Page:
Alcoa Inc. (NYSE:AA) reported quarterly results after U.S. markets closed on Tuesday, unofficially kicking off the spring earnings season. The huge aluminum producer issued fiscal first-quarter earnings of 9 cents a share, excluding items, on sales of $5.5 billion. Wall Street had expected Alcoa to report earnings of 5 cents a share on $5.55 billion in revenue, according to analysts polled by Reuters.
Shares of Alcoa rose 2.31 percent to $12.82 in after-hours trading ahead of the company’s earnings call.
Alcoa Chairman and Chief Executive Officer Klaus Kleinfeld was scheduled to hold a conference call with shareholders on Tuesday at 5 p.m. Eastern to discuss first-quarter 2014 results, and analysts and investors will be looking for four key things from Alcoa’s earnings call: aluminum prices, outlook, topline sales and earnings growth.
Alcoa reported a first-quarter net loss of $178 million, or 16 cents per share, which included $276 million in special items mostly tied to smelter and rolling mill capacity reductions. Excluding items, the company posted net income of $98 million, or 9 cents per share. Meanwhile, revenue came in at $5.5 billion, compared with $5.83 billion in sales a year-ago.
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“Alcoa’s revenue comes from four different areas,” Jonathan Corpina, senior managing partner with Meridian Equity Partners Inc., told International Business Times. “They have mining, smelting, flat aluminum products and then they have aluminum products that they make for airplanes. So the last two are a higher-margin business, flat aluminum for cans and the airplane parts, but the mining and the smelting really is affected by aluminum prices, and that’s where a number of their revenue comes from in those two primary areas.”
The company said first-quarter revenues were down 2 percent sequentially, due to capacity reductions in primary metals. Meanwhile, revenue fell 6 percent compared to the same period a year earlier as realized aluminum prices fell 8 percent year-over-year.
“If you strip down their business and you look at those four components, it all comes down to aluminum," added Corpina. "Aluminum prices, mining, smelting and what other industries out there are requiring that type of material from them. So it’s going to be interesting to see their take on the overall commodities market and how it’s affecting their pricing.”
Alcoa added in its earnings report that its first-quarter results were offset by special items tied to restructuring as "the company’s transformation accelerates." In addition, Alcoa said it is taking aggressive action to lower the cost base of its commodity business and announced three smelting capacity reductions in the first-quarter.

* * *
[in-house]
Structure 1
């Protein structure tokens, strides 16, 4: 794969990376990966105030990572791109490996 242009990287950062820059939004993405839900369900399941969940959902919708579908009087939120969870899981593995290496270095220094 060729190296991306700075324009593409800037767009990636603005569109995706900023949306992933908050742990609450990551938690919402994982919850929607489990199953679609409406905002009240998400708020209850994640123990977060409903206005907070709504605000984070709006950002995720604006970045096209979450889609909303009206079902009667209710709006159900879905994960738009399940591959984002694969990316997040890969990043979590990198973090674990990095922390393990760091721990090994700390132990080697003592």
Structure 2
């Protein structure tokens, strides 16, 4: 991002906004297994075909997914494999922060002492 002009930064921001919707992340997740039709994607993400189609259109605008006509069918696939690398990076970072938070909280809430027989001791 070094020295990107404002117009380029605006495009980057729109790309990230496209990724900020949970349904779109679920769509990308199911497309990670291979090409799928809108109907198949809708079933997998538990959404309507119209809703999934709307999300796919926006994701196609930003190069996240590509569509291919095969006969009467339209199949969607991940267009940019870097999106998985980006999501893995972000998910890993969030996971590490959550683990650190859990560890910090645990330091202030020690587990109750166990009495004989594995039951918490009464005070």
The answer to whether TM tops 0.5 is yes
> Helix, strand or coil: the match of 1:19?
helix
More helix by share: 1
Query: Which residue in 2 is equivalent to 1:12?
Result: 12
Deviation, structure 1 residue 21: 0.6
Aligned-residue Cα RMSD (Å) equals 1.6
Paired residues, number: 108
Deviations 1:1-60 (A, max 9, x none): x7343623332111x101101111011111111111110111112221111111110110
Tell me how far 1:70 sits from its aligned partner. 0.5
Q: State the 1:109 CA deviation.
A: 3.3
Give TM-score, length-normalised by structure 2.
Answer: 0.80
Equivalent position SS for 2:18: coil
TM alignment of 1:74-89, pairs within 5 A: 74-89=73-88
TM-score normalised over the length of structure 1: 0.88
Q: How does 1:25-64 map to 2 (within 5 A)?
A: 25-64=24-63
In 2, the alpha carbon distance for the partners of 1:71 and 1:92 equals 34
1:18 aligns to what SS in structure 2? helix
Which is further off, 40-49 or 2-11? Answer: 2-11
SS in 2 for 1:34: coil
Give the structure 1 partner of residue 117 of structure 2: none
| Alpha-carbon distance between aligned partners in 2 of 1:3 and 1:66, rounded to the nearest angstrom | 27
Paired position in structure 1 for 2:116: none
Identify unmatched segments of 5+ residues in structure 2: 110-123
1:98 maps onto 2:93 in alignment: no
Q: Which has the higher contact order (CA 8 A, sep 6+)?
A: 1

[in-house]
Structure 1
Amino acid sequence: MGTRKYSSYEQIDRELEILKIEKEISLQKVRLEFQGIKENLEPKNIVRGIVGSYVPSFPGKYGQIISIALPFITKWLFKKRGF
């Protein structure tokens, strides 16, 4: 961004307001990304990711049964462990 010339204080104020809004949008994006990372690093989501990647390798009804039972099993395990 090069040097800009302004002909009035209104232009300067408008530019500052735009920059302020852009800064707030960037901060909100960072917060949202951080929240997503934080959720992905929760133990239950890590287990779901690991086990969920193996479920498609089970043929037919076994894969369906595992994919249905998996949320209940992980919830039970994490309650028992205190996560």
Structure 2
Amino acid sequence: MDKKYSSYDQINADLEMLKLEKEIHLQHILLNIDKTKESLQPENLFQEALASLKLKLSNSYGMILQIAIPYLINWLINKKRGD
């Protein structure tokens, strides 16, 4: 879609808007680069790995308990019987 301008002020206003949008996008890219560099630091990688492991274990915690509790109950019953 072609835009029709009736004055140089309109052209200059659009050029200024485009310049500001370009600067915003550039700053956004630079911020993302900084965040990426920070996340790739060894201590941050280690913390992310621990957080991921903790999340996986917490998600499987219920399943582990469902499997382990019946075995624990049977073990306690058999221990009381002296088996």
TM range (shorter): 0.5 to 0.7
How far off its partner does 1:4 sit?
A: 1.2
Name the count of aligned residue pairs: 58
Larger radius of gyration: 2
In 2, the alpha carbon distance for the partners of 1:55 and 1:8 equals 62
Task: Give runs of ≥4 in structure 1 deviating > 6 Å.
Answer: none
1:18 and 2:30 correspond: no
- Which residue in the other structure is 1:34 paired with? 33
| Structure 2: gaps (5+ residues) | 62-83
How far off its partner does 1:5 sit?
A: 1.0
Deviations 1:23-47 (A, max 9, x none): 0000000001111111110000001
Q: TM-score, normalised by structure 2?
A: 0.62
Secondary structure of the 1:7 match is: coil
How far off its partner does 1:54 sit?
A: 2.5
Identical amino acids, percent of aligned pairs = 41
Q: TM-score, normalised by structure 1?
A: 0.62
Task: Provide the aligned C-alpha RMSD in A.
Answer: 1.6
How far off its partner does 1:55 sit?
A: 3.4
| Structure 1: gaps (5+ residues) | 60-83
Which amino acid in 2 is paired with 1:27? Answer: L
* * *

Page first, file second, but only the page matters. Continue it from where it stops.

Outlook, Topline Sales & Earnings Growth
Alcoa said in the report it maintains its 7 percent global aluminum demand growth in 2014. The company’s first-quarter results compare to a net loss of $2.3 billion, or $2.19 per share, in the fourth quarter of 2013. Excluding items, Alcoa’s first-quarter results compare to net income of $40 million, or 4 cents per share, from the previous period.
“I always look at what they talk about in the outlook going forward. Sometimes you have to read the tea leaves a little bit when these guys talk,” Keith Bliss, senior vice president and director of sales & marketing at Cuttone & Co., Inc., told IBT. “It’s important to note what they’ve done in the prior quarter, but we’re going to hear all kinds of excuses from all of the S&P 500 companies this quarter. It’s either going to be FX was a problem because the dollar strengthened or we had bad weather in the U.S. So expect that out of most every report you hear. So I don’t care about that. That’s ancient history.”
Alcoa’s first-quarter results for 2014 compared to net income of $149 million, or 13 cents per share, in first-quarter 2013 on revenue of $5.83 billion in the year-ago period. Excluding items, first-quarter 2014 net income compared to $121 million, or 11 cents per share, in the year-ago period when realized aluminum prices per metric ton were $193 higher.
“Remember, the stock market is a valuation of the discounted future cash flows of the companies that are within the stock market,” added Bliss. “So I want to start getting a gauge on what they think is going to be from top line sales and then earnings second.”
Alcoa said the company’s value-add businesses drove 58 percent of first-quarter revenues and drove 76 percent of first-quarter segment profits.
“We expect this quarter over all in the S&P 500 to have an earnings decline, which would be the first time in two years, year-over-year, in earnings decline,” said Bliss. “Basic materials as an industry, which by the way is what Alcoa fits into, their revisions to their earning have come way down since Dec. 31  and that sector is now supposed to have an earnings decline year-on-year. Not all sectors are, but again, Alcoa is still one of those bellwethers from a materials and commodities standpoint, a global economic growth story. I want to know what the CEO is going to say going forward and what he really thinks about aluminum prices for the rest of this year.”
Shares of Alcoa closed Tuesday’s trading session up 0.48 percent to $12.53.